Developing a Personal Marketing Plan
I’m letting you in on an insider secret – one of my favorite tools to apply to many aspects of my life: Danny’s Superstar Marketing Plan (aka, My Little Friend). In short, a marketing plan is a strategized approach to selling something. I use My Little Friend in business, in my relationship development personally and professionally, and in life in general. I give credit to life experience and a handful of solid marketing professors. For our purposes, we’ll use it on the job hunt. So, let’s take a look:
1 – Quick and Singular Brand Recognition: We want people to associate our desired profession with us immediately and above all.
Quick Recognition: “Hey Sara, do you know Jimbo?” “Oh yeah, he’s a graphic artist, right?”
Singular Recognition: “Hey Sara, do you know any graphic artists?” “Hmm, I know this guy Jimbo.”
2 – Positive Brand Association: We want people to think good things about our work when they hear our name.
“What do you think of Jimbo as a graphic artist?”
“Oh, he’s fantastic!”
3 – Internal and External Relationships Independently Sell: We want our network to work for us even when we’re not around.
“Hey John, I met this guy Jimbo that is a great graphic artist. I thought of him immediately when you said you needed that new billboard mockup done. He did some great print layouts for me last month. Do you want his e-mail address?”
4 – Customer Loyalty (not repeat patronage): Not only do we want people to always consider us when they think of our profession, we want them to go out of their way to see us as the best candidate above all else, even convenient choices.
“Becky, I know you wanted a local graphic artist in the $50-60k range, but I know this guy Jimbo out of Austin that is more than worth the $62k he’s asking for. Let me call him up for you?”
5 – Exceptional Results: This is the clincher! Once you have the contact with the potential employer and/or have the job, you must generate exceptional results. Go above and beyond what is expected. Succeeding here will only strengthen your personal marketing plan.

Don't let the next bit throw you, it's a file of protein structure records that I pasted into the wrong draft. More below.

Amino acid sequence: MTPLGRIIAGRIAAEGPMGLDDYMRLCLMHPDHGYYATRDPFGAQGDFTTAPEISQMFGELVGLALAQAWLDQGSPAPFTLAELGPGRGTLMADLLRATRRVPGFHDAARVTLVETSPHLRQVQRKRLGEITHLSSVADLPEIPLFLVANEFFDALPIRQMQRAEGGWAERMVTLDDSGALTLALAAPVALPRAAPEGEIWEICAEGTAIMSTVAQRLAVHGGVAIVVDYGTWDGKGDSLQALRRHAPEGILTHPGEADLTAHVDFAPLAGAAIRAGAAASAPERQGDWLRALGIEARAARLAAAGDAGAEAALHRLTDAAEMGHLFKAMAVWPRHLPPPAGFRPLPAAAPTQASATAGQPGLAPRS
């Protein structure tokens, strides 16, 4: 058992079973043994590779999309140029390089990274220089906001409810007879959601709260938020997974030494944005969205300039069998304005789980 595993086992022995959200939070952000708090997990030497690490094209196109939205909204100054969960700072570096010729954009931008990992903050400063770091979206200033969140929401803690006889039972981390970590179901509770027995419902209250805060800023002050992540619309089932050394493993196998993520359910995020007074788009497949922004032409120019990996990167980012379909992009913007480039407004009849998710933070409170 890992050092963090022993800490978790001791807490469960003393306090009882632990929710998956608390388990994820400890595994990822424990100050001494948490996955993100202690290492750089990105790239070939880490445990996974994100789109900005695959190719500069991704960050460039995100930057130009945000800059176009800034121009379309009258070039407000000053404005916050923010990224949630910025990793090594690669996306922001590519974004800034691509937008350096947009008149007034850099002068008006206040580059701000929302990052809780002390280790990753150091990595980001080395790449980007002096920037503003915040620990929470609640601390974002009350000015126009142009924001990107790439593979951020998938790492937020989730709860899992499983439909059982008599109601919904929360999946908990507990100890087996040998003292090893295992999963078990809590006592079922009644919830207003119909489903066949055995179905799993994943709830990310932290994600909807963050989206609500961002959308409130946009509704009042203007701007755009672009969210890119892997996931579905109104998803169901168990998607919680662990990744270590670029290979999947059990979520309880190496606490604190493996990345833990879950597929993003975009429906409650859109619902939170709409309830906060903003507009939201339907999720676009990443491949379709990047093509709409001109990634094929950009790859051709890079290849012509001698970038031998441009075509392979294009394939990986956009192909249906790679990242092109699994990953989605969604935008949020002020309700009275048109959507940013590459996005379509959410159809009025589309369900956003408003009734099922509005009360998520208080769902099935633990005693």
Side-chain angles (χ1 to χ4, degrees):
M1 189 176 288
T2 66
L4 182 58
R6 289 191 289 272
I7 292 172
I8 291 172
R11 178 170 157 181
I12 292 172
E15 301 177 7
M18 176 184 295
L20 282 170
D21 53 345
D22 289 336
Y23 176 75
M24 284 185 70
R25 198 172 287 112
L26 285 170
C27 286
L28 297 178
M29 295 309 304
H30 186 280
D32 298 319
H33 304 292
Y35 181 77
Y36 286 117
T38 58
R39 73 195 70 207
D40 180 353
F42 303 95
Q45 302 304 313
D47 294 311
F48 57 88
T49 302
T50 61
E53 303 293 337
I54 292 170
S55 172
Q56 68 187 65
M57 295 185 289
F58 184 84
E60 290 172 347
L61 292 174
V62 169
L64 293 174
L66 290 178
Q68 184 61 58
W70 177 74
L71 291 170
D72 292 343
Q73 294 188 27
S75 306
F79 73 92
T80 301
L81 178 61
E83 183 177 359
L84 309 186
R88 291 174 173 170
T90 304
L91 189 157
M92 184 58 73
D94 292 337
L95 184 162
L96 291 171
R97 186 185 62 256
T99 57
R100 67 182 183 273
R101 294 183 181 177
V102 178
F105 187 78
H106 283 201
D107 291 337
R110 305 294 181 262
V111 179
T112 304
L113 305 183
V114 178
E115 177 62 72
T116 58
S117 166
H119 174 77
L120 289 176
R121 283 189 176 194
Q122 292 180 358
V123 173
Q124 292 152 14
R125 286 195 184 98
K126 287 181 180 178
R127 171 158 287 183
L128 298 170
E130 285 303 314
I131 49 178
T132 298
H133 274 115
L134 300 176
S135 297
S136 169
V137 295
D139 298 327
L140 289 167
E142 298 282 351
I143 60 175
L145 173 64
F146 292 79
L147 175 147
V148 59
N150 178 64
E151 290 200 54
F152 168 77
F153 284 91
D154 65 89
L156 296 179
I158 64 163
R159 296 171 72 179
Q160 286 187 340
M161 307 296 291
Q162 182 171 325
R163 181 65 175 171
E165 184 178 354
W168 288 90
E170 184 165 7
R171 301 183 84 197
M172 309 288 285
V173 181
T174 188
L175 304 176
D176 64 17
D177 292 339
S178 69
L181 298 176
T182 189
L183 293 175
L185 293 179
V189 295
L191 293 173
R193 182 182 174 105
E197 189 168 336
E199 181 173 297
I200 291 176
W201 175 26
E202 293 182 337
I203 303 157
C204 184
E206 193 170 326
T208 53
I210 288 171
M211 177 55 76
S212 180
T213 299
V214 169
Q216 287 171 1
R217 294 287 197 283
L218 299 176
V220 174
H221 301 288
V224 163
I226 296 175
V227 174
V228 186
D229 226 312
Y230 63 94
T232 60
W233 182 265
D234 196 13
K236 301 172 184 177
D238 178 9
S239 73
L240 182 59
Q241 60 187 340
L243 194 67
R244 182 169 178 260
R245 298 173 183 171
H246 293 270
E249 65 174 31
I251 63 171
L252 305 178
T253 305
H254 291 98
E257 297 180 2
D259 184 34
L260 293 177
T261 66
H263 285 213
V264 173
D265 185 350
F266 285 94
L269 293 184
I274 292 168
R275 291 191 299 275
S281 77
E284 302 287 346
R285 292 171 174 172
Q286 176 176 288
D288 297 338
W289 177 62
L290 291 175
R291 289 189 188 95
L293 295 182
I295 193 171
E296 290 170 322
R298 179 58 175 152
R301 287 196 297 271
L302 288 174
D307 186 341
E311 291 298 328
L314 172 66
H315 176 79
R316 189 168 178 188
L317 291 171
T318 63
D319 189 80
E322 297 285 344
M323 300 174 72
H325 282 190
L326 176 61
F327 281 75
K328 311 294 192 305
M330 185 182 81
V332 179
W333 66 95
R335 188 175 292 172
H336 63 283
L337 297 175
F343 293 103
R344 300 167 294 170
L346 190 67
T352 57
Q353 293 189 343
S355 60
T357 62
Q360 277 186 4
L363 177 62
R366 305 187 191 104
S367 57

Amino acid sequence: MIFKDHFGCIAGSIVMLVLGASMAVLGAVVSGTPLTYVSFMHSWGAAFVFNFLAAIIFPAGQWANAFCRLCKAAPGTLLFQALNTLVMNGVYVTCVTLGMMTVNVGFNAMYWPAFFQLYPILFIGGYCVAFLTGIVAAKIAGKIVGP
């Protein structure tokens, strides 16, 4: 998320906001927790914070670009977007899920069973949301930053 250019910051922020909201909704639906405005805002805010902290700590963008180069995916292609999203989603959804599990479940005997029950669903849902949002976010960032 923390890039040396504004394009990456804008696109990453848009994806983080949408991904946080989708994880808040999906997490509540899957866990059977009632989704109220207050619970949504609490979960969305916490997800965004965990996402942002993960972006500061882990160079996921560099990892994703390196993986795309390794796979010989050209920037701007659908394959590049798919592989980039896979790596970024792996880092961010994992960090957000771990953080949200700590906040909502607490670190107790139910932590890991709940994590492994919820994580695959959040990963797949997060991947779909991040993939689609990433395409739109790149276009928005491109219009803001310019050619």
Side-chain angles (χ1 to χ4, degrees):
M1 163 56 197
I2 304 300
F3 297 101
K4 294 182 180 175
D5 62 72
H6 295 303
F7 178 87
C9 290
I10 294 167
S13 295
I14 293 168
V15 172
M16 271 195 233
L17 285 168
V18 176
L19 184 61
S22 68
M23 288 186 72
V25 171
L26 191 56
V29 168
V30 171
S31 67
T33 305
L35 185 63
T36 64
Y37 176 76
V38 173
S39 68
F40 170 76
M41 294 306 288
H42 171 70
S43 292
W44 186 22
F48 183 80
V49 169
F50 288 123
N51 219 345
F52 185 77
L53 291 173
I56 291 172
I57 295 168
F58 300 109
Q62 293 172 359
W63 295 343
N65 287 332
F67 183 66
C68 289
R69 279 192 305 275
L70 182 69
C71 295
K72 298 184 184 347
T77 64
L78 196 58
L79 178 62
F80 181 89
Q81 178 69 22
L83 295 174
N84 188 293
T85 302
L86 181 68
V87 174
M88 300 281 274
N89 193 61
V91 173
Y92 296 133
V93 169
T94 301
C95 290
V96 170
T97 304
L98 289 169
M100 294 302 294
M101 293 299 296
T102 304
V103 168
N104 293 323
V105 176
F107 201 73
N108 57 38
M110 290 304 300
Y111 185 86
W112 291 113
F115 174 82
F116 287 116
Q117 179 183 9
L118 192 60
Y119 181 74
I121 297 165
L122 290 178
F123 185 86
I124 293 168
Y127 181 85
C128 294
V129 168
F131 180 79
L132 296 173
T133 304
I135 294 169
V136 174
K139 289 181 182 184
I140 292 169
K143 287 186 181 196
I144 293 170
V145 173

“Wow, Stacy! Jimbo has been a phenomenal asset to our team. He does great work, really responds to our fast deadlines, is fun to talk to at lunch, and made a mean chicken salad for our company picnic. Thanks for the recommendation!”
At the heart of the marketing plan is the idea that one must always present a consistent and reputable image of his/her work ethic, demeanor, quality of work (product, output…), and congeniality. In short, we want to constantly network to sell a truthful and positive image of our personal and professional self. Let’s say you are Jimbo – you want to talk to your friends, family, and contacts about your passion for graphic arts, what you’ve done that you’re proud of, and what you want to do now and in the future. Now, don’t give a sermon on the wonders of Jimbo every chance you get because we don’t want to annoy our network. That would work against our marketing plan. Instead, simply be thoughtful and positive when asked “How’s work going?” or “How’s the job hunt?”
People will be more apt to work for you when they like you and know that you like what you do. Also, if you are in a field with tangible output (let’s say…graphic arts), if the opportunity arises to show off your work, do it! How’s the job hunt? Great, I just finished a portfolio of my work to take on interviews. Oh, you want to see it, sure!
Consider how you can best develop your own marketing plan. Maybe my wording is too much for you. But the soul of the plan is to sell yourself and do so in a manner that will help move you forward. As always, faithful job seeker, remain steadfast in your hunt and I wish only good things for you!
Danny Zendejas is the Hospitality Business Consultant for Workforce Solutions in the Houston metropolitan area. He has over eight years of experience in the hospitality industry and workforce development and is a native of San Antonio, Texas.
One thought on “Say Hello to My Little Friend”
I think people should recommend great service and good people more often. This could be a way for you to enhance your networking and recruitment skills; you did not hire the person directly but you saw this person fit for an opportunity and it turned out to be a success for them.
Comments are closed.